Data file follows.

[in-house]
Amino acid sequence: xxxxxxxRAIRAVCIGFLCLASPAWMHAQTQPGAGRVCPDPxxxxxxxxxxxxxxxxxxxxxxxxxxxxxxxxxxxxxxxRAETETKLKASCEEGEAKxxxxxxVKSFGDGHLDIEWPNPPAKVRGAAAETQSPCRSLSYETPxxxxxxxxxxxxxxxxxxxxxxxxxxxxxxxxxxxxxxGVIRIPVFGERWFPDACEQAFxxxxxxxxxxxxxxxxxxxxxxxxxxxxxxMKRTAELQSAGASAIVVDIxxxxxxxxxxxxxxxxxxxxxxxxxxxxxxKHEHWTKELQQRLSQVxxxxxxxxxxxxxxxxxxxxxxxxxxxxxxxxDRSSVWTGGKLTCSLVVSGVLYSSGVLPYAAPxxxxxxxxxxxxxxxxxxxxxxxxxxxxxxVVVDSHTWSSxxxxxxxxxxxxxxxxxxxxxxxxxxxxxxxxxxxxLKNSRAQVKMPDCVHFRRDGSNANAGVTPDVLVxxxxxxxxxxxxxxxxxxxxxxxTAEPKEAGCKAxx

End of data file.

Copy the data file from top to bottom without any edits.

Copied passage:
[in-house]
Amino acid sequence: xxxxxxxRAIRAVCIGFLCLASPAWMHAQTQPGAGRVCPDPxxxxxxxxxxxxxxxxxxxxxxxxxxxxxxxxxxxxxxxRAETETKLKASCEEGEAKxxxxxxVKSFGDGHLDIEWPNPPAKVRGAAAETQSPCRSLSYETPxxxxxxxxxxxxxxxxxxxxxxxxxxxxxxxxxxxxxxGVIRIPVFGERWFPDACEQAFxxxxxxxxxxxxxxxxxxxxxxxxxxxxxxMKRTAELQSAGASAIVVDIxxxxxxxxxxxxxxxxxxxxxxxxxxxxxxKHEHWTKELQQRLSQVxxxxxxxxxxxxxxxxxxxxxxxxxxxxxxxxDRSSVWTGGKLTCSLVVSGVLYSSGVLPYAAPxxxxxxxxxxxxxxxxxxxxxxxxxxxxxxVVVDSHTWSSxxxxxxxxxxxxxxxxxxxxxxxxxxxxxxxxxxxxLKNSRAQVKMPDCVHFRRDGSNANAGVTPDVLVxxxxxxxxxxxxxxxxxxxxxxxTAEPKEAGCKAxx